For 40 years Paul Muldoon's rococo artfulness has been a standing rebuke to poetry's more mundane and literal tendencies. Obsessively formalist, Muldoon's linguistically omnivorous poems have, since The Annals of Chile (1994), used elaborate rhyme schemes to take on difficult material. ... read more.- John McAuliffe, The Irish Times
Sombre lines of beauty from a supreme trickster.
Paul Muldoon's new collection is a stylish volume. Its elegant layout echoes almost subliminally what we have come to expect from this master of the trickster elements within language. But the cover illustration, a painting of a Border Post in Northern Ireland, tells us that something both sombre and actual is going on. ... read more.- Fiona Sampson, The Independent
An intricate tour de force.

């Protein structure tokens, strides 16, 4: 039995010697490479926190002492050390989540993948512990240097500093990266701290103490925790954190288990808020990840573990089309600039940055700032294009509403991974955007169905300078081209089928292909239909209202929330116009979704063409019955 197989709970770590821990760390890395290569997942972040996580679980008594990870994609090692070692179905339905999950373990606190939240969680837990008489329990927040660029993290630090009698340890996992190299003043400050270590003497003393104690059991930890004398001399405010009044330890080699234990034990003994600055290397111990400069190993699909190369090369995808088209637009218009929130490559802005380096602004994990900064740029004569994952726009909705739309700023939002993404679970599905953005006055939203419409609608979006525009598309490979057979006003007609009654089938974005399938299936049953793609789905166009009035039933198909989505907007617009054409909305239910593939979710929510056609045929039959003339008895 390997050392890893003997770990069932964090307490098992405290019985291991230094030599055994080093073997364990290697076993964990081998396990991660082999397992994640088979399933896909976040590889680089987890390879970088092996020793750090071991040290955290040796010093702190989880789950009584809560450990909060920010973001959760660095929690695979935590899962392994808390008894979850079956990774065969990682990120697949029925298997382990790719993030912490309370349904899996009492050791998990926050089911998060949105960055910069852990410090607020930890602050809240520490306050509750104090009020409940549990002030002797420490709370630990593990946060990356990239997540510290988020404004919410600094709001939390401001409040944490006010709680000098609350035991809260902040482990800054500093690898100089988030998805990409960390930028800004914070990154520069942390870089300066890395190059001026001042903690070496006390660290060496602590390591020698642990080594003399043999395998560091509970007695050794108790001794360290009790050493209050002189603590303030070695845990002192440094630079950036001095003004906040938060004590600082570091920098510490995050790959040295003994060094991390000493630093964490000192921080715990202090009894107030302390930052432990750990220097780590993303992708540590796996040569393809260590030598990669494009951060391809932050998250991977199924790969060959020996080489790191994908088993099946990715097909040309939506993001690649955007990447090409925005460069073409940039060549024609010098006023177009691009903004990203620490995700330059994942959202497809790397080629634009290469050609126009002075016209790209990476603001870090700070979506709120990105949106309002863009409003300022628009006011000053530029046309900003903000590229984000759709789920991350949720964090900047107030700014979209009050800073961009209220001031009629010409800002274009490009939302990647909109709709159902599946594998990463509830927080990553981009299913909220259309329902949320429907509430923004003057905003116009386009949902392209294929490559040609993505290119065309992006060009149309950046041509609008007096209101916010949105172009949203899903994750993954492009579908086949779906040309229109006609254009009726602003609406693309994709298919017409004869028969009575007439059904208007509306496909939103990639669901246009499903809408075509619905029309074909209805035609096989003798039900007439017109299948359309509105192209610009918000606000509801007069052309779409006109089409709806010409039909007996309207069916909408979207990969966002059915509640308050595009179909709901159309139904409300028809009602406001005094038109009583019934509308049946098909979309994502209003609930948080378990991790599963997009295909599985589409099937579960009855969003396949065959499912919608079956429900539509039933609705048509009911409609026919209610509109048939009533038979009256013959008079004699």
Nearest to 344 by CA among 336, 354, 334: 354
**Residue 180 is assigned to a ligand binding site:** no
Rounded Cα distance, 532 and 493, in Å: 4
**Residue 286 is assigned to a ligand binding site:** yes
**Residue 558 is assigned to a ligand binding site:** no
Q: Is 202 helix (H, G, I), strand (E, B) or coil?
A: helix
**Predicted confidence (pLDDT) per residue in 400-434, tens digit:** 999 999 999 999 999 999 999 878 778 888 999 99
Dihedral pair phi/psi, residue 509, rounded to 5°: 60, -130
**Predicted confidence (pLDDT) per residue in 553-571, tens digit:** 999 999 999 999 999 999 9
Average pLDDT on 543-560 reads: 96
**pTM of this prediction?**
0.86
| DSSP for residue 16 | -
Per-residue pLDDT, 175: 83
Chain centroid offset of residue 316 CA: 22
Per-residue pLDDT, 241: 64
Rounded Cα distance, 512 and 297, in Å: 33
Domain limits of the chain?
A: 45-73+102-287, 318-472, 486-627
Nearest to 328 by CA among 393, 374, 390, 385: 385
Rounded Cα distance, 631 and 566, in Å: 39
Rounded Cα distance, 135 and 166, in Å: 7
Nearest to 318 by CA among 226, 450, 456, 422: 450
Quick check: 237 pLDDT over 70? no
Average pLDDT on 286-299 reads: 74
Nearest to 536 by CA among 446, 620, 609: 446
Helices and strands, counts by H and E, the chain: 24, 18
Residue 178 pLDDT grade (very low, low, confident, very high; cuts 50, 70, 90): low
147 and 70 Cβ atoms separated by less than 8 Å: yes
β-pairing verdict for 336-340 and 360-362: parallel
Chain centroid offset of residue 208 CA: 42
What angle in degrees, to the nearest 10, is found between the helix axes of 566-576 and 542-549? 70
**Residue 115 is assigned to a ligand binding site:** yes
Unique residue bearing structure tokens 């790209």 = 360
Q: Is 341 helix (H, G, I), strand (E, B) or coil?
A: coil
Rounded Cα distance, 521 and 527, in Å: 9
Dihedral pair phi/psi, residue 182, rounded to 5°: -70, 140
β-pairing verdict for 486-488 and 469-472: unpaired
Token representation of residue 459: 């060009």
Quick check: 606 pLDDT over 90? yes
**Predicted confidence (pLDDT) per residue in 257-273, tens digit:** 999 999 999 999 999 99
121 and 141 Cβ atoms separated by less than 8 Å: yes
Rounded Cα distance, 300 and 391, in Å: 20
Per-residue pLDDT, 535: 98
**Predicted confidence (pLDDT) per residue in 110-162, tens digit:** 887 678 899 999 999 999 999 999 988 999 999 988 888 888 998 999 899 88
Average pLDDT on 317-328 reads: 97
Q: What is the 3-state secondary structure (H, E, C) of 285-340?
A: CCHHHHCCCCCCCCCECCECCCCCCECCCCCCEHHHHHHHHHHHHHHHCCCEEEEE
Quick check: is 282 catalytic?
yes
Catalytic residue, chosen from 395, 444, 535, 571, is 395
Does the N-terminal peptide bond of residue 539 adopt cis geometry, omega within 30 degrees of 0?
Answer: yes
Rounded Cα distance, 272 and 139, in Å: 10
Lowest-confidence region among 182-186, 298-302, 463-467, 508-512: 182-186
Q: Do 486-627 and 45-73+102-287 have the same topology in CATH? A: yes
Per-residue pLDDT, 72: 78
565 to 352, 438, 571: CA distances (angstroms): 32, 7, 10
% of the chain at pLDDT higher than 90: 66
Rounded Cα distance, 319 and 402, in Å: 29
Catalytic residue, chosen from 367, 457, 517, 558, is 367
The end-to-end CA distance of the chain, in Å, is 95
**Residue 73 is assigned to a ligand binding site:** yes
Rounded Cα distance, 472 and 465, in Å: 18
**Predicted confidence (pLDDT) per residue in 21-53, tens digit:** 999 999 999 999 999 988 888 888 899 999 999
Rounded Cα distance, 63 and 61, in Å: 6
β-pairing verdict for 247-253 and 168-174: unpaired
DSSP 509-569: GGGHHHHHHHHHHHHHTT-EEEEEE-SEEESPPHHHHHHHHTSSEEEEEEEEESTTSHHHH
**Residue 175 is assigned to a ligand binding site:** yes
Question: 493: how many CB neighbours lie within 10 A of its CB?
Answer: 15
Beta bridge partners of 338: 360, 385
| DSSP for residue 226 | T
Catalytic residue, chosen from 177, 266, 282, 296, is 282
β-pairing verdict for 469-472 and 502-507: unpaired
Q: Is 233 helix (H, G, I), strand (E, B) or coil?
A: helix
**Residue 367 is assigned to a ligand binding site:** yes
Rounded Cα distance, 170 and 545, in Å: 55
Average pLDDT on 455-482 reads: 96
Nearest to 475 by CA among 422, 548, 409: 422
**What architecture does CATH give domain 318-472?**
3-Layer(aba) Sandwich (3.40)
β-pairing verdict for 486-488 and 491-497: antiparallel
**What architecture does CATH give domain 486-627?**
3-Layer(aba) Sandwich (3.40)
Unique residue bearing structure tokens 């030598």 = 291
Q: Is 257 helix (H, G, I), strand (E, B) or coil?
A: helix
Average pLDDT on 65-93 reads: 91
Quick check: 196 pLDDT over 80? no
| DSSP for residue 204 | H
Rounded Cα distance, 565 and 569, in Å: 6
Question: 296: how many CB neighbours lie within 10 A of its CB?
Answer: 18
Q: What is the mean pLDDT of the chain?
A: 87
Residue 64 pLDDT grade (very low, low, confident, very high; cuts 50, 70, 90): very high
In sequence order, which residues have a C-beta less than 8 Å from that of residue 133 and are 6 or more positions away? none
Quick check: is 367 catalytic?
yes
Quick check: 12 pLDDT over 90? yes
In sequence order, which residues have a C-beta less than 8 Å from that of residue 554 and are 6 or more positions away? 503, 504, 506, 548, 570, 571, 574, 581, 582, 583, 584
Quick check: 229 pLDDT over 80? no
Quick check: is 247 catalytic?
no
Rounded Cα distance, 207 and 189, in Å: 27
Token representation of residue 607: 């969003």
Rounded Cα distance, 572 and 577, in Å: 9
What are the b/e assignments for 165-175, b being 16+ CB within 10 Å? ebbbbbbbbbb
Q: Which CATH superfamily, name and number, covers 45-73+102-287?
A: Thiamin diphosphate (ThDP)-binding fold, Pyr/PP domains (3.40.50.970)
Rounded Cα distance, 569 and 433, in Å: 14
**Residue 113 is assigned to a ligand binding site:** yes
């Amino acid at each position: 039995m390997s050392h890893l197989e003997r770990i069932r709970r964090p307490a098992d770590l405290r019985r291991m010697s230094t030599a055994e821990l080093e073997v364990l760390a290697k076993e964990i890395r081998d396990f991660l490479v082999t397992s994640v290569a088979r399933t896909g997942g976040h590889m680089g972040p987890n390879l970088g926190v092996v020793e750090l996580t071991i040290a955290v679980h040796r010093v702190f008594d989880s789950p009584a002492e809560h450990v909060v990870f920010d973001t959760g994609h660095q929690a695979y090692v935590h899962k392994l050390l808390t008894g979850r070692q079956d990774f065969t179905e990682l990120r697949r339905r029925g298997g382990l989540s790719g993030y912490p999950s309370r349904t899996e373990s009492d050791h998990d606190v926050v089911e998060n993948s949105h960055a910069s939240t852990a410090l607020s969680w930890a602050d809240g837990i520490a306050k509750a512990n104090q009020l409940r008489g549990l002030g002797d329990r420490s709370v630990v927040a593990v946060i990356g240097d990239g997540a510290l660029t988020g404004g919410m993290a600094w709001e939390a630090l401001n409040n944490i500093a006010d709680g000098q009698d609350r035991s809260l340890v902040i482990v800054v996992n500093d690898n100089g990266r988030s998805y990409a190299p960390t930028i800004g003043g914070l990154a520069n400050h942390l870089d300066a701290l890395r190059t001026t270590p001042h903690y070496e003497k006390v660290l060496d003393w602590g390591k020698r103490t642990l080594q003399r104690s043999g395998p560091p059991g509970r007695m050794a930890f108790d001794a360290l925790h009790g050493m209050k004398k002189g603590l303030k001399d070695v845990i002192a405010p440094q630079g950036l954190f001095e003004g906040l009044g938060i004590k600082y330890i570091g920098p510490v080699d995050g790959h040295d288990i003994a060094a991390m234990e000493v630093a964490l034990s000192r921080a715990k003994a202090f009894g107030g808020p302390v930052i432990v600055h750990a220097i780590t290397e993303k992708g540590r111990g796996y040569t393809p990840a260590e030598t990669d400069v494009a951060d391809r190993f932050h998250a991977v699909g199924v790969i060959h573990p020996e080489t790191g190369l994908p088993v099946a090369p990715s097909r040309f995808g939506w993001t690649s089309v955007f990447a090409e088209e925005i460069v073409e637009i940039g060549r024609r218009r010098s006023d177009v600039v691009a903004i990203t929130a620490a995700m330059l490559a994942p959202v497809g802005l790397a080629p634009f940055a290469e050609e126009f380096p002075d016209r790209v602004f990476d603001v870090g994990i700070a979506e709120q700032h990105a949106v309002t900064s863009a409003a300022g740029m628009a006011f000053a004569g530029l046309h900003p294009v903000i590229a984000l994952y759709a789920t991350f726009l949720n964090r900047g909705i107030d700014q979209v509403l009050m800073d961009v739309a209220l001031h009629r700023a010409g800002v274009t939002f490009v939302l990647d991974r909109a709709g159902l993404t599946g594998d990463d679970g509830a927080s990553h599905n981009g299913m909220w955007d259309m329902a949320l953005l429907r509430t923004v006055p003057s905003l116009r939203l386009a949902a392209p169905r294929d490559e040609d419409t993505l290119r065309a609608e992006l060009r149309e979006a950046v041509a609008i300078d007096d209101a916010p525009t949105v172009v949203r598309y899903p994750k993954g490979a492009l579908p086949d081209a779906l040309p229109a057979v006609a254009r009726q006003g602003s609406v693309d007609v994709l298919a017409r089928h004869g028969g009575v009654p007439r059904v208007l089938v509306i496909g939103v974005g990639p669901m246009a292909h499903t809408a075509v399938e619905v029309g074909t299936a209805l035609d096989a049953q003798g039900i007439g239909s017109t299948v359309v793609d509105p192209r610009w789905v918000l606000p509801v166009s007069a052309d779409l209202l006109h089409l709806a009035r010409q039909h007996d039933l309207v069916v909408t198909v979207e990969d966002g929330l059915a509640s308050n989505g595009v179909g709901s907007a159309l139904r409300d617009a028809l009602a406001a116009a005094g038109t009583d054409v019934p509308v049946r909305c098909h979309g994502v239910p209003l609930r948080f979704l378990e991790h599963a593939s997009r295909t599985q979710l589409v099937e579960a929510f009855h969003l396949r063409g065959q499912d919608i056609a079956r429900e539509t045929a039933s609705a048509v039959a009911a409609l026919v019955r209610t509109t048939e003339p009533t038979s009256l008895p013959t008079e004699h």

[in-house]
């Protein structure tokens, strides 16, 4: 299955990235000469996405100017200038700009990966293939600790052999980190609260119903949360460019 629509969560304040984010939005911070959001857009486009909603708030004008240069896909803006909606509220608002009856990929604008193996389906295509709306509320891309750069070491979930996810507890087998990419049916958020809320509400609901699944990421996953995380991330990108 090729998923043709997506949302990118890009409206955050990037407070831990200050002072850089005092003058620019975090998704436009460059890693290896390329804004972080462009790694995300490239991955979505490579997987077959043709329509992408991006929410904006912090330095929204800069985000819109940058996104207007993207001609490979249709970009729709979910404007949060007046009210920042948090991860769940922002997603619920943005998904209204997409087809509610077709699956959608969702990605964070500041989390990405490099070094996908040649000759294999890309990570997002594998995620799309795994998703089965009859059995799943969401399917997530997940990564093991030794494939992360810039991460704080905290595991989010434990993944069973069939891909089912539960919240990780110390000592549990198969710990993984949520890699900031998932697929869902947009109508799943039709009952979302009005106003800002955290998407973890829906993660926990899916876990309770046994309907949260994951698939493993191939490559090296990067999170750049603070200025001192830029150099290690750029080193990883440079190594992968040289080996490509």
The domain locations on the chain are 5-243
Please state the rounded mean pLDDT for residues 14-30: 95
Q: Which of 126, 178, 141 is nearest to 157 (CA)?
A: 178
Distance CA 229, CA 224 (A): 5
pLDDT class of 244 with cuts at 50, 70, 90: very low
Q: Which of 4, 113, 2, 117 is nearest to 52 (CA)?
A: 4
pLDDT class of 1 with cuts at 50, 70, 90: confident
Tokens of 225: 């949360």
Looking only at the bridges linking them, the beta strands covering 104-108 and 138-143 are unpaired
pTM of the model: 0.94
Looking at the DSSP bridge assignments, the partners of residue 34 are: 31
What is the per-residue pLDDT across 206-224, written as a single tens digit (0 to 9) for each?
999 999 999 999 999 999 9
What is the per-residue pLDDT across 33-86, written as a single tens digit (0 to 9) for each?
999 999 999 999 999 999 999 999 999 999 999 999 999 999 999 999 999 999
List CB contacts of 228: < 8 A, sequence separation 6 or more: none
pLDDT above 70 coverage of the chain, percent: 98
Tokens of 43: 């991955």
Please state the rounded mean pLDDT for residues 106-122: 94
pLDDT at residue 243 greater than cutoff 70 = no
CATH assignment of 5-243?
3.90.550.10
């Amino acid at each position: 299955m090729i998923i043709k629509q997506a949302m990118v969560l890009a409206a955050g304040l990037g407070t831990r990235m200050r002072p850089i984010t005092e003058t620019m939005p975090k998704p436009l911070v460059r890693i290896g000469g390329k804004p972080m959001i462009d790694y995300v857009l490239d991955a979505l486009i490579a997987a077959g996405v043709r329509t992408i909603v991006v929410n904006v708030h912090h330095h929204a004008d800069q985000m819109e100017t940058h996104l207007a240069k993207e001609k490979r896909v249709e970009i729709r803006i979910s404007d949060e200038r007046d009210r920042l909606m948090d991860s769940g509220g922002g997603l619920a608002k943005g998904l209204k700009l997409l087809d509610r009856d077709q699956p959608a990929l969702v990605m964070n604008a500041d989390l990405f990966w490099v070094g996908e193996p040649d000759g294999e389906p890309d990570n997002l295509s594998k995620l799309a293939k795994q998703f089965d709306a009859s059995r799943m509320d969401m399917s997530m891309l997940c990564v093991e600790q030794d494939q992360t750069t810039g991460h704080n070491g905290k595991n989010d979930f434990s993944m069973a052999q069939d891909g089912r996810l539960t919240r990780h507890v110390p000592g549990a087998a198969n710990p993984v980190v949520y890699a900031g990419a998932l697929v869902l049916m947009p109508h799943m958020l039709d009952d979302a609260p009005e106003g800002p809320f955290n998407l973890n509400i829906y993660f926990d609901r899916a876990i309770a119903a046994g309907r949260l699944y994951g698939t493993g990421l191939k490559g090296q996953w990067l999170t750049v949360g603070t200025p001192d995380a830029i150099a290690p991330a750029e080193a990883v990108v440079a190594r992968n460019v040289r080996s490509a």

"I'm at once full of dread / and in complete denial," writes Muldoon in the opening poem to this, his 12th collection. "I cannot thole the thought of Seamus Heaney dead." The lines are dropped like a stone into the 27-stanza "Cuthbert and the Otters" a poem commissioned for the Durham book festival in 2013, and read there only a matter of weeks after Heaney's funeral, where Muldoon was both eulogist and pall-bearer. "Thole": to bear, to suffer. It's a dialect word familiar from both poets' childhoods, and the word (tholian) which gives Heaney "a little passport", as he termed it, from Co Derry to the Anglo-Saxon world of Beowulf. "Cuthbert and the Otters" weaves together multiple histories: Vikings and Celts jostle for space with "the 82nd Airborne" and "Montgomery of Alamein"; the "coalfields of South Shields" with south Derry. The story of "Cuthbert of Lindisfarne / whose body will be carried aloft by monks fleeing those same Danes" finds its parallel with the cortege winding its way from Dublin to Bellaghy. The north-east of England is saturated with the language of Heaney's north of Ireland soul-landscape: blackberries, cattle, the "peat stain", the Viking traces. Muldoon closes with "Refulgent all. From fulgere, 'to flash'" – evocative of Heaney's own sensuous language, and the "lightning" strike of inspiration affirmed in the elder poet's early essay "Feeling into Words". ... read more.- Fran Brearton, The Guardian